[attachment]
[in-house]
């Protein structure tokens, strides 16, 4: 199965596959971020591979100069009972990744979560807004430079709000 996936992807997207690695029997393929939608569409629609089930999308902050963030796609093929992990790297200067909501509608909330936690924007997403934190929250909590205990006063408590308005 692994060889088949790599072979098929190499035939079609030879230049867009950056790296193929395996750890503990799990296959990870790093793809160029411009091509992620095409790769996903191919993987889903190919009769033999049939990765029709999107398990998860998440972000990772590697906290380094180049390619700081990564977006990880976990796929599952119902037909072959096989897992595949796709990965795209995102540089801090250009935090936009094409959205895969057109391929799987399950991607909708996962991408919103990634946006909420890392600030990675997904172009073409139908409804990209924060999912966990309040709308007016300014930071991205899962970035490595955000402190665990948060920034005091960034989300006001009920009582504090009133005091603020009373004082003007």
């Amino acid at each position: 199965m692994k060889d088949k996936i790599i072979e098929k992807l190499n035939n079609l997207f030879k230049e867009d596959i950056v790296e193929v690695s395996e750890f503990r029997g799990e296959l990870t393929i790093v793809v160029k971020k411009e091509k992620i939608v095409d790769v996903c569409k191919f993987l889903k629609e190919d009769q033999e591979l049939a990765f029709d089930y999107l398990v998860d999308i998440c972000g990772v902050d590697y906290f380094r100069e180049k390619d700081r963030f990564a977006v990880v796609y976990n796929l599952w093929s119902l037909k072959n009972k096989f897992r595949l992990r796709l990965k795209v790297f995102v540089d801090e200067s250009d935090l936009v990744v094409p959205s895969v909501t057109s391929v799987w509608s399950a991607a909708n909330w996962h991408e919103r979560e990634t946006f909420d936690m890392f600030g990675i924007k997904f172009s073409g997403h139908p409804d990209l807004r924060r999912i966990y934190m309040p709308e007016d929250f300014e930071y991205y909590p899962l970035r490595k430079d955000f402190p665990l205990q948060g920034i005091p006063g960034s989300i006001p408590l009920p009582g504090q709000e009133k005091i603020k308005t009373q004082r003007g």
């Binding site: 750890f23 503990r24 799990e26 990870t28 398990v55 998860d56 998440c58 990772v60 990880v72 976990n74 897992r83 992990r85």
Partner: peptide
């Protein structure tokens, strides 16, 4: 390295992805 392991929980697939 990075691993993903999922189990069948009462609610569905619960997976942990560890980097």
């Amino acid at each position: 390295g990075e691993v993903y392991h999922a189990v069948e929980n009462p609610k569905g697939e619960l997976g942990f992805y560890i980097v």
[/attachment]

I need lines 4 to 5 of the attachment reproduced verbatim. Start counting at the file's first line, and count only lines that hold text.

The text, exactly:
């Binding site: 750890f23 503990r24 799990e26 990870t28 398990v55 998860d56 998440c58 990772v60 990880v72 976990n74 897992r83 992990r85």
Partner: peptide